In 1916 the Relief Society Magazine published a series of articles entitled “Mothers in Israel.” One prominent woman honored was Eliza R. Snow. Though childless, she was called a “mother of mothers in Israel” and praised for her leadership among women, for her intelligence, and for her faithful support of the Church and its leaders (Gates, pp. 183-90).

As in New England, the phrase “mother in Israel” appeared in early Utah history in the obituaries of many faithful women who succored the Church and their families. Sometimes they were older women with large families and sometimes notable women in other circumstances. For example, Mary Fielding Smith had only two children of her own, both young enough when she died that no claim could be made of their future significance, yet at her death, evidently in recognition of her character and commitment, she was called a mother in Israel. A son and a grandson later became Presidents of the Church.

Currently the term is most often found in patriarchal blessings when a woman is promised in substance that she will stand “as a mother in Israel.” President Joseph Fielding Smith said, “To be a mother in Israel in the full gospel sense is the highest reward that can come into the life of a woman” (p. 883). It is a promise open to all faithful sisters who love and serve the Lord and keep his commandments, including those who do not have the opportunity to bear children in this life.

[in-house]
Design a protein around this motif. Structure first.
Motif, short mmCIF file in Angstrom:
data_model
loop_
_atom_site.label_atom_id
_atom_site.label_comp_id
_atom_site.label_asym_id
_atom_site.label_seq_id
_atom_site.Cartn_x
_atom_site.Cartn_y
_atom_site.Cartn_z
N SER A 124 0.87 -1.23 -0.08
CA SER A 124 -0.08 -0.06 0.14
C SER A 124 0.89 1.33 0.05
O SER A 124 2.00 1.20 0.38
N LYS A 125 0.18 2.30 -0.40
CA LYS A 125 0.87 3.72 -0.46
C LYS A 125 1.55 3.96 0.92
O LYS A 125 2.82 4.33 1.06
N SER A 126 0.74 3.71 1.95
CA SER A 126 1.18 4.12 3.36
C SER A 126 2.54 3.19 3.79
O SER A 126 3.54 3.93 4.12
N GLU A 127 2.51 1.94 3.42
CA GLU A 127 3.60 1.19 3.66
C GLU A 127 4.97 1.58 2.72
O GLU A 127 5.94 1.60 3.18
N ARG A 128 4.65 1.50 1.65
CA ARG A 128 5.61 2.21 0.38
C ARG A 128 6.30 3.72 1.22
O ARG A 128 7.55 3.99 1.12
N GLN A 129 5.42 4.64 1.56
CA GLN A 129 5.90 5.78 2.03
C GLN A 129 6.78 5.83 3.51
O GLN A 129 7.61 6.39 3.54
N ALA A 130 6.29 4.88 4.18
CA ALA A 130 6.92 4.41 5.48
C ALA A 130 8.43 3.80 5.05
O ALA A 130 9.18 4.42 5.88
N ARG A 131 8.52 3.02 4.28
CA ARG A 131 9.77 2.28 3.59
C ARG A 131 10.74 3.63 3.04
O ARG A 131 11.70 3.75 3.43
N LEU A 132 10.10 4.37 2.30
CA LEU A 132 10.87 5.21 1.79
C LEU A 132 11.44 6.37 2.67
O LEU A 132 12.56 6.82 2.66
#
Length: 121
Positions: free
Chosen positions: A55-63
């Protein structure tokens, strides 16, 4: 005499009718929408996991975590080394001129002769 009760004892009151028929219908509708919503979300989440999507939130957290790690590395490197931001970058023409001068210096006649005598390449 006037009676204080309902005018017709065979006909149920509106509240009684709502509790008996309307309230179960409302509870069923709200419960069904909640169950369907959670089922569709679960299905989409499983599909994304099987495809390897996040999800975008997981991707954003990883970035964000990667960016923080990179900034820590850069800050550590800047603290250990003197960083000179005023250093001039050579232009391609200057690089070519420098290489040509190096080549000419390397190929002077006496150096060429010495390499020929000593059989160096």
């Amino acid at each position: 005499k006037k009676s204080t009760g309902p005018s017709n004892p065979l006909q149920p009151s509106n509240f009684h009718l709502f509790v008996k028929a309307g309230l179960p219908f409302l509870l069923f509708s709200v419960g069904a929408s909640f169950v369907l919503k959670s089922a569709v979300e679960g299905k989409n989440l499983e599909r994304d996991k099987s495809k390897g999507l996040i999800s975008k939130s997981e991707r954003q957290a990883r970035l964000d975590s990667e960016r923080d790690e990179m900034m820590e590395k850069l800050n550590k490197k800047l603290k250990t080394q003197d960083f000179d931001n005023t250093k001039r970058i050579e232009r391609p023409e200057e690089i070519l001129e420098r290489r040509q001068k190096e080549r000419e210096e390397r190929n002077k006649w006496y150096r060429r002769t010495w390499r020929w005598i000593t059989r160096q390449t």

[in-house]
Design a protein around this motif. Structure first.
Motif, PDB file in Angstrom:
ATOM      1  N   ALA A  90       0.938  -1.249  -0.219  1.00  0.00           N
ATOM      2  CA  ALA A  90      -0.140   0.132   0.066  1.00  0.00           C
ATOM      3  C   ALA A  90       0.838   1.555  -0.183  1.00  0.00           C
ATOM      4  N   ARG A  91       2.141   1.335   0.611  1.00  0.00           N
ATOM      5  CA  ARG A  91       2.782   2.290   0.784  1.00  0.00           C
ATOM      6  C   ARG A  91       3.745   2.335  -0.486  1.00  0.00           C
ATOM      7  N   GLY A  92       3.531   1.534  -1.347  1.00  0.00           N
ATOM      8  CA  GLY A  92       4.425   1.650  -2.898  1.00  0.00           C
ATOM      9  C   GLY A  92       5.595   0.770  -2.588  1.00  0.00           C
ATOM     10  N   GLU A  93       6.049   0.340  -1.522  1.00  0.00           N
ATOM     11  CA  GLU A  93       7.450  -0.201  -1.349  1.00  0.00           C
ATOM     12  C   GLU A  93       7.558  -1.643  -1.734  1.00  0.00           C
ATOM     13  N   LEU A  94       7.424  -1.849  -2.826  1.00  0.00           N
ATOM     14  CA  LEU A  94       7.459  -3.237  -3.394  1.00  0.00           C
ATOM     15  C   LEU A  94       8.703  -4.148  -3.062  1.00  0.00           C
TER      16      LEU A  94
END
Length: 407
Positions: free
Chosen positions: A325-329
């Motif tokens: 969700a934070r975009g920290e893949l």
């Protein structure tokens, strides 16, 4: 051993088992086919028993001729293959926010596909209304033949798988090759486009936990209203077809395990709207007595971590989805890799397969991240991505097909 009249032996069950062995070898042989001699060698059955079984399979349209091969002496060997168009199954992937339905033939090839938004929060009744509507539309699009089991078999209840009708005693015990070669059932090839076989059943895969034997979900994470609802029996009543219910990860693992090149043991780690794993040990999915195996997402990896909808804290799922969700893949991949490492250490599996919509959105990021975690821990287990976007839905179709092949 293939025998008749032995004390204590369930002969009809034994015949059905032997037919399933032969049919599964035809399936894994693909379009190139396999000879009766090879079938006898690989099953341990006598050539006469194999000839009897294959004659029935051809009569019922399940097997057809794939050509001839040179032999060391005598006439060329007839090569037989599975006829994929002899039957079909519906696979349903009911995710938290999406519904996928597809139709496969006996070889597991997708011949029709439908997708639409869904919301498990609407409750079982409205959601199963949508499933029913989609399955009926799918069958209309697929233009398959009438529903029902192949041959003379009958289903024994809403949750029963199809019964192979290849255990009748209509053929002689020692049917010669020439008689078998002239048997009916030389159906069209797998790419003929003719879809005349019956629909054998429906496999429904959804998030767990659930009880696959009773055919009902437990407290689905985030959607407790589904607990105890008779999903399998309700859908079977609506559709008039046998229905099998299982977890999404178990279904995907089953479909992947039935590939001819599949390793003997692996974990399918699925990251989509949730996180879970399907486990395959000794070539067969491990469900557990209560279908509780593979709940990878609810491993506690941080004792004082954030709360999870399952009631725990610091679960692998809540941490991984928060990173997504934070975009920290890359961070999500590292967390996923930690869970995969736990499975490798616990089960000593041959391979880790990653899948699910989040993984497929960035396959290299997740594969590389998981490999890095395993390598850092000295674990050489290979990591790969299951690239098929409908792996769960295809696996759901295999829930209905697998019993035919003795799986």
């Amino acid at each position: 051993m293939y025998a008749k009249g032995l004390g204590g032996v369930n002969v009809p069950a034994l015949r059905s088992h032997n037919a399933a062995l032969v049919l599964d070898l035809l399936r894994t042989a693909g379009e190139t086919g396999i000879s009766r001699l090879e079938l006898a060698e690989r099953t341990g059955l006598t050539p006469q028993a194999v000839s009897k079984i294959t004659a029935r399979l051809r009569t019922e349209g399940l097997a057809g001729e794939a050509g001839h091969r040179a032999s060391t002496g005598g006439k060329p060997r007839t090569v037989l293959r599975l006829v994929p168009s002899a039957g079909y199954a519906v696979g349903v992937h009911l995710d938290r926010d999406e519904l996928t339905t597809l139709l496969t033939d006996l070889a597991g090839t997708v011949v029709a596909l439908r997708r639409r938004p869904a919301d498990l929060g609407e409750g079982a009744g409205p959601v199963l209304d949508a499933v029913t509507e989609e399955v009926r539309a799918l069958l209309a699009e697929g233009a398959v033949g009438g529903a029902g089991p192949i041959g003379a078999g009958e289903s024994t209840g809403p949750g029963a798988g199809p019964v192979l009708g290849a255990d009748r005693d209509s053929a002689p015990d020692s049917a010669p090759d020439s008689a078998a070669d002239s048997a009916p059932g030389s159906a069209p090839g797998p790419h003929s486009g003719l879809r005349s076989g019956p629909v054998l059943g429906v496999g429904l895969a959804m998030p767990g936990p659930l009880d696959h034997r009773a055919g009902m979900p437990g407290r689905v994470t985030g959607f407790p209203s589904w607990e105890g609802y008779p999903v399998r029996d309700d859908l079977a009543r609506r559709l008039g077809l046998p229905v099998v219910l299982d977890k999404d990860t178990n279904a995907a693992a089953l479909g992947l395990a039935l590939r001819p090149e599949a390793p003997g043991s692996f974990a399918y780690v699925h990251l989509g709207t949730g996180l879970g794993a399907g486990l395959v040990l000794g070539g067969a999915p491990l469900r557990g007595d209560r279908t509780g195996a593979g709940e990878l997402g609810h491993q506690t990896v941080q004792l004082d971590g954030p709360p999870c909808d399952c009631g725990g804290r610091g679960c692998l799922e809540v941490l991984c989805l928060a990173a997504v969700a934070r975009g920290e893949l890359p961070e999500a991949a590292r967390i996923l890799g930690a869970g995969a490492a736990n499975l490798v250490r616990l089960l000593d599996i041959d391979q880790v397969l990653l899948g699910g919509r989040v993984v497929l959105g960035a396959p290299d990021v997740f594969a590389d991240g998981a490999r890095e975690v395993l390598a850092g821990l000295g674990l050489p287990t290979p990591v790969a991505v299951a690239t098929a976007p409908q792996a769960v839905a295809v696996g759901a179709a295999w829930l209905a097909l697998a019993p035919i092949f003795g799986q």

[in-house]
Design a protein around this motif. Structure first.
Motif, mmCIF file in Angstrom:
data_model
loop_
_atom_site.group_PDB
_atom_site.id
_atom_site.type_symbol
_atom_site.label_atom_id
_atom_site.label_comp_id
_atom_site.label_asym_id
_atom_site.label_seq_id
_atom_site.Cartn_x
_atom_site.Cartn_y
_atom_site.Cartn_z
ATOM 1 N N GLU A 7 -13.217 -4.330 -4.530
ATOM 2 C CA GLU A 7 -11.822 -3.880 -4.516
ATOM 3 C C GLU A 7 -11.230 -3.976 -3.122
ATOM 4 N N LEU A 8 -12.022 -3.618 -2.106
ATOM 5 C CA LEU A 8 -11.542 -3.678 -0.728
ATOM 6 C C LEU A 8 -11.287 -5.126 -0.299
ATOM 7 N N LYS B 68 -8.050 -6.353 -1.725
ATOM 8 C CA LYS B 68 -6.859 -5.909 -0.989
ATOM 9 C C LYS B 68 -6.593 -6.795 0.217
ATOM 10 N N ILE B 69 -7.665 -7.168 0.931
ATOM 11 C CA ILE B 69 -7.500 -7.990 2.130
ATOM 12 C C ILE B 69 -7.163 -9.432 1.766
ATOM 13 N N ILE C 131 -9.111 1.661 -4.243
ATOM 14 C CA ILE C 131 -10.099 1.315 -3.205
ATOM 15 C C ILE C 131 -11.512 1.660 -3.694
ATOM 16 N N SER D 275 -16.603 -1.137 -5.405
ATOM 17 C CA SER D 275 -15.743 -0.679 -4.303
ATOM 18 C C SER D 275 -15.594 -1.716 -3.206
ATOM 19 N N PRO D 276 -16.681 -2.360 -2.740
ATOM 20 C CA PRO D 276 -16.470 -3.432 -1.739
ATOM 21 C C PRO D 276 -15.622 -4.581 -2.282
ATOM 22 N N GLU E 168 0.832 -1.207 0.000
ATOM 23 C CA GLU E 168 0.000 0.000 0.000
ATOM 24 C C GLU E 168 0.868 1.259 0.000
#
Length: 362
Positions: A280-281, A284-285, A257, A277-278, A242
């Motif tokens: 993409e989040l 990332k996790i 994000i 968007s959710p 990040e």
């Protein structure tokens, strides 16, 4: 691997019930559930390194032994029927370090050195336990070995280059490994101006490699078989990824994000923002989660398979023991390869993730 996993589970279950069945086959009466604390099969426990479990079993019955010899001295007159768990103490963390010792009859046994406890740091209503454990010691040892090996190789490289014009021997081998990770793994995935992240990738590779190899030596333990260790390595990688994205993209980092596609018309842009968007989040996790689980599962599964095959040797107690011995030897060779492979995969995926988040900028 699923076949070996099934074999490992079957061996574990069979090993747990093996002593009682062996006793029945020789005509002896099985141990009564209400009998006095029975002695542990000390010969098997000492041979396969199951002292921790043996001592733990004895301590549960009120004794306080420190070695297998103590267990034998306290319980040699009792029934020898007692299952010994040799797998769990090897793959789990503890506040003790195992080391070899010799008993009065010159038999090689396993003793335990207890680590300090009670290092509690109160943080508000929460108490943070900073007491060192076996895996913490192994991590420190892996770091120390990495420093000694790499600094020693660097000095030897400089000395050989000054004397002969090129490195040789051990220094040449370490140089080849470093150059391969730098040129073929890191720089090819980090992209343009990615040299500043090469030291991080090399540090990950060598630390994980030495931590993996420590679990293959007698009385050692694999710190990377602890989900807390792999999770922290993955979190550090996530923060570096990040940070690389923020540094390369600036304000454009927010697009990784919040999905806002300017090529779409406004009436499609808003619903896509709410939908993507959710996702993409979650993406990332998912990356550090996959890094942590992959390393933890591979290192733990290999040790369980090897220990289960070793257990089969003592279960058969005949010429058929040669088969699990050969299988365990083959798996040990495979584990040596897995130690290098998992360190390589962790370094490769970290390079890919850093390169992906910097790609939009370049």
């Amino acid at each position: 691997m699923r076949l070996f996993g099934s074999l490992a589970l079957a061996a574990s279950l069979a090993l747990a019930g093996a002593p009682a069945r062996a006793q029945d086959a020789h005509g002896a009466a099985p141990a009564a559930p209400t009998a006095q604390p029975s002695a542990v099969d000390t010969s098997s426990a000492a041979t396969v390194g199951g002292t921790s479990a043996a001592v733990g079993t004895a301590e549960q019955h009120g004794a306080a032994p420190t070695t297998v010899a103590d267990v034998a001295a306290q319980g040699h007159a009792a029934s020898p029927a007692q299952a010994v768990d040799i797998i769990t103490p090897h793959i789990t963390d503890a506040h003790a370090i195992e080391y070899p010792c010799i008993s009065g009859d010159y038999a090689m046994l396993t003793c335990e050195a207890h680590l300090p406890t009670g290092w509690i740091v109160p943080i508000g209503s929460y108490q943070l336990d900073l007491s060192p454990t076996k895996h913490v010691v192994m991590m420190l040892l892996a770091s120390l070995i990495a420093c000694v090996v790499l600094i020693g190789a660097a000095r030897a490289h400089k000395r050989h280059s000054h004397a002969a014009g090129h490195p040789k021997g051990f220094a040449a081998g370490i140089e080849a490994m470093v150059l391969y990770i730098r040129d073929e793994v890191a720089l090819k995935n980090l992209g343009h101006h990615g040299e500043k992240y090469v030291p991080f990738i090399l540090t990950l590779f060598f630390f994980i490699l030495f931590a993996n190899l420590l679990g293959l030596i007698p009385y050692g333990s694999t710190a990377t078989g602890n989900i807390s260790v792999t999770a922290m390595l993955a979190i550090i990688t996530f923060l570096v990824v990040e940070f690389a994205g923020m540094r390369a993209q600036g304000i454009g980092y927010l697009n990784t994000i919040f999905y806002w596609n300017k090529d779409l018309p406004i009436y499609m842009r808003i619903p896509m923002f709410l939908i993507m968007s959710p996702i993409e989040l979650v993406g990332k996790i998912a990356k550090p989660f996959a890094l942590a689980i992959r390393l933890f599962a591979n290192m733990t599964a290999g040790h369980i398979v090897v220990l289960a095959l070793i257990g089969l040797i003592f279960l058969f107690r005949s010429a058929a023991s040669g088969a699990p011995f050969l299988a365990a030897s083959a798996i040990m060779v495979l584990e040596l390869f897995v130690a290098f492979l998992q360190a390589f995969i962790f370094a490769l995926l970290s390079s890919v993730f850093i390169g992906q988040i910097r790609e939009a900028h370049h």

The Book of Mormon recounts the history of 2,000 righteous stripling warriors who were able to accomplish great things and receive great blessings because they believed in what they had “been taught by their mothers” (Alma 56:47-48;57:21). Modern mothers in Israel also have a responsibility to teach their children-and others whom they are in a position to influence-to love the Lord and keep his commandments. The prophets of this dispensation have consistently stressed the importance of committed motherhood both by those who bear and those who care and have counseled that this is a divinely given role important to the salvation and exaltation of God’s children. [See also MotherhoodWomen, Roles of: Gospel Principles and the Roles of Women.]

Bibliography

Benson, Ezra Taft. To the Mothers in Zion. Salt Lake City, 1987.

Gates, Susa Young. “Mothers in Israel.” Relief Society Magazine 3 (Jan. 1916):538-39.

Gates, Susa Young. “The Mothers of Mothers in Israel.” Relief Society Magazine 3 (Apr. 1916):183-90.

Madsen, Carol Cornwall. “Mothers in Israel: Sarah’s Legacy.” In Women of Wisdom and Knowledge, ed. M. Cornwall and S. Howe, pp. 179-201. Salt Lake City, 1990.

Reynolds, Sydney Smith. “Wife and Mother: A Valid Career Option for the College-Educated Woman.” Ensign 9 (Oct. 1979):67-70.

Smith, Joseph Fielding. “Mothers in Israel.” Relief Society Magazine 57 (Dec. 1970):883-86.